• dl_rank – the chronological order the webpage was downloaded. The main page of a website (i.e. the URL in your website address file) has rank 0, the first subpage processed after the main page has rank 1, and so on.
  • dl_slot – the domain name of the website as found in the user given website address list.
  • alias – if there was an initial redirect (e.g. from www.example.de to www.example.com), the domain the spider got redirected to ("example.com" in the example) becomes the websites alias.
  • error – not “None” if there was an error requesting the website’s main page. Can be an HTML error (e.g., “404”), DNS lookup error, or a timeout.
  • redirect – is “True” if there was a redirect to another domain when requesting the first webpage from a website. This may indicate that ARGUS scraped a different website than intended. However, it may also be a less severe redirect like “www.example.de” to “www.example.com”. It is your responsibility to deal with redirects.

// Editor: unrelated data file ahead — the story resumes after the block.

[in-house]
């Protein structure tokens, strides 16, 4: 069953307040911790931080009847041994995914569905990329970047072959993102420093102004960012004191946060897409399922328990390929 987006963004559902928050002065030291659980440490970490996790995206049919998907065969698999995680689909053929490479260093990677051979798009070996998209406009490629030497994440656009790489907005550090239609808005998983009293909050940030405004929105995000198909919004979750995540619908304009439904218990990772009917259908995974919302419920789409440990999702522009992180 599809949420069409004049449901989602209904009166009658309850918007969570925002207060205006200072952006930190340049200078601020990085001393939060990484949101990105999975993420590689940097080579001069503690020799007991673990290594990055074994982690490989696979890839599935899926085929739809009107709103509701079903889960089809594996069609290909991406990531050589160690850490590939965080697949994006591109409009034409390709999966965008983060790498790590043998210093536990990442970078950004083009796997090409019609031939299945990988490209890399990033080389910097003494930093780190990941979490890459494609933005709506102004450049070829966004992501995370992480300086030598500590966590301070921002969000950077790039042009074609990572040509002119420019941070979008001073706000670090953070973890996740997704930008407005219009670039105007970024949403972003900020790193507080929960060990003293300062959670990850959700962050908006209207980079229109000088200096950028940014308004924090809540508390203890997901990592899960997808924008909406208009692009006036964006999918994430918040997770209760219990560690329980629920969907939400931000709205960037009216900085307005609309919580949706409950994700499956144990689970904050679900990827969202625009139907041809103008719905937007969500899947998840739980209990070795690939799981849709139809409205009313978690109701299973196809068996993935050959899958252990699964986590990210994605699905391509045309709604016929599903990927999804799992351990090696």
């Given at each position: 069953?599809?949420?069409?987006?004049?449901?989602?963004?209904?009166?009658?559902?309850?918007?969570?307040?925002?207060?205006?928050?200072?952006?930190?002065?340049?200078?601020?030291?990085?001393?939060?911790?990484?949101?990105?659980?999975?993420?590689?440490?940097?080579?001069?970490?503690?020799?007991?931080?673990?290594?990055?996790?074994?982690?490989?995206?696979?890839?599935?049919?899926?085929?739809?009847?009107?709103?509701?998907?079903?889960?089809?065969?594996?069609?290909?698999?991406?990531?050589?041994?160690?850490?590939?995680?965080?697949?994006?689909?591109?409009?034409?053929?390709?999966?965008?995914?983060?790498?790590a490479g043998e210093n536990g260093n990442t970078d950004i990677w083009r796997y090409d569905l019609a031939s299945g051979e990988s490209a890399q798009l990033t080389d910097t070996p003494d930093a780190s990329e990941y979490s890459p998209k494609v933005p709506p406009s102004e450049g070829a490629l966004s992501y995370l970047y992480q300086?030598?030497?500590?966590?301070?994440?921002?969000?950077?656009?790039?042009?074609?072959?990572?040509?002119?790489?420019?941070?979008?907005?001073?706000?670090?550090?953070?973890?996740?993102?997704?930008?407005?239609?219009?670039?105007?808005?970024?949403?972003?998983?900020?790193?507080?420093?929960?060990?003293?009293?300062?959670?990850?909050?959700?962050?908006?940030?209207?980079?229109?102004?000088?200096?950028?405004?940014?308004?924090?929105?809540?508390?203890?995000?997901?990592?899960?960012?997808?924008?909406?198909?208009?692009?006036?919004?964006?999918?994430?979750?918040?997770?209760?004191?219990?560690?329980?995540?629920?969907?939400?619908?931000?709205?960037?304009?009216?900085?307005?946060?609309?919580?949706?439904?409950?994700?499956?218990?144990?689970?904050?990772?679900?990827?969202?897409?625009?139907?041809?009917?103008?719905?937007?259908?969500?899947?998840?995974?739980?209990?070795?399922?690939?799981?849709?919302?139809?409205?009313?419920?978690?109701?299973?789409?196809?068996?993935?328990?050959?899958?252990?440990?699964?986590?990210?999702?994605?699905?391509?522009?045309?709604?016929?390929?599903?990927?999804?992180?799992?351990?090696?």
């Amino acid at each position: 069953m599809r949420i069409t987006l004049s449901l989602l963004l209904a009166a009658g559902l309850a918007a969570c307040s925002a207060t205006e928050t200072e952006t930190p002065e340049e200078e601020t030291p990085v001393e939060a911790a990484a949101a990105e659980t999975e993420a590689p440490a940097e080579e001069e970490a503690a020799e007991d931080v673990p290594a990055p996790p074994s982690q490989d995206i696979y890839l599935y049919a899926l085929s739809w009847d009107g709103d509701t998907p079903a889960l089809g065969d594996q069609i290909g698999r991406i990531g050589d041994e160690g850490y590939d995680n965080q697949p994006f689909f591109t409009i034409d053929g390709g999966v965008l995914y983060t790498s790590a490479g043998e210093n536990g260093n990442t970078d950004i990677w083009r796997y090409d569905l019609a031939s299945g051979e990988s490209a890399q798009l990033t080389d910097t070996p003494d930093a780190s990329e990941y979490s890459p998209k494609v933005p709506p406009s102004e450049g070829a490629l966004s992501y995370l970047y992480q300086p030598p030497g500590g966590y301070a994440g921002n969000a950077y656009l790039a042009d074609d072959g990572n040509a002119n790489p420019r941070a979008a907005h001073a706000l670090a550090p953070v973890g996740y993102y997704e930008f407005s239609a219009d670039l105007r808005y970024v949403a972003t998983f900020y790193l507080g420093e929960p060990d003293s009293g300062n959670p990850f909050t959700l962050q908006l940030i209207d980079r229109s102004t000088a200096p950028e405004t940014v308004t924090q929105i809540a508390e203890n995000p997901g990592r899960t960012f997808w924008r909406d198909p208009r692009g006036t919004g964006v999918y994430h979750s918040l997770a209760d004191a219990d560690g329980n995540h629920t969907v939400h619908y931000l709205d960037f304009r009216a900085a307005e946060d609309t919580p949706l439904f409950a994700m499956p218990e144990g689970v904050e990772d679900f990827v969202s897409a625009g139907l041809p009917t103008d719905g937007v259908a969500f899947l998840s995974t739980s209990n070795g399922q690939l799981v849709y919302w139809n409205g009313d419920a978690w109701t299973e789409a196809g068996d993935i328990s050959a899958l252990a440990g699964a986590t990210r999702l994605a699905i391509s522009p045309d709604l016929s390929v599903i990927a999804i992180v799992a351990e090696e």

• start_page – gives you the first webpage that was scraped from this website. Usually, this should be the URL given in your website address file.
  • title – the title of the website as indicated in the website's meta data.
  • keywords – the keywords as indicated in the website's meta data.
  • description – a short description of the website as indicated in the website's meta data.
  • language – the language of the website as indicated in the website's HTML code.
  • text – the text that was downloaded from the webpage. It includes the respective HTML tags or the tag if the text was extracted from an online PDF.
  • links – the domains of websites (within-sample and out-of-sample) found on the focal website. The field is empty if no hyperlinks were found.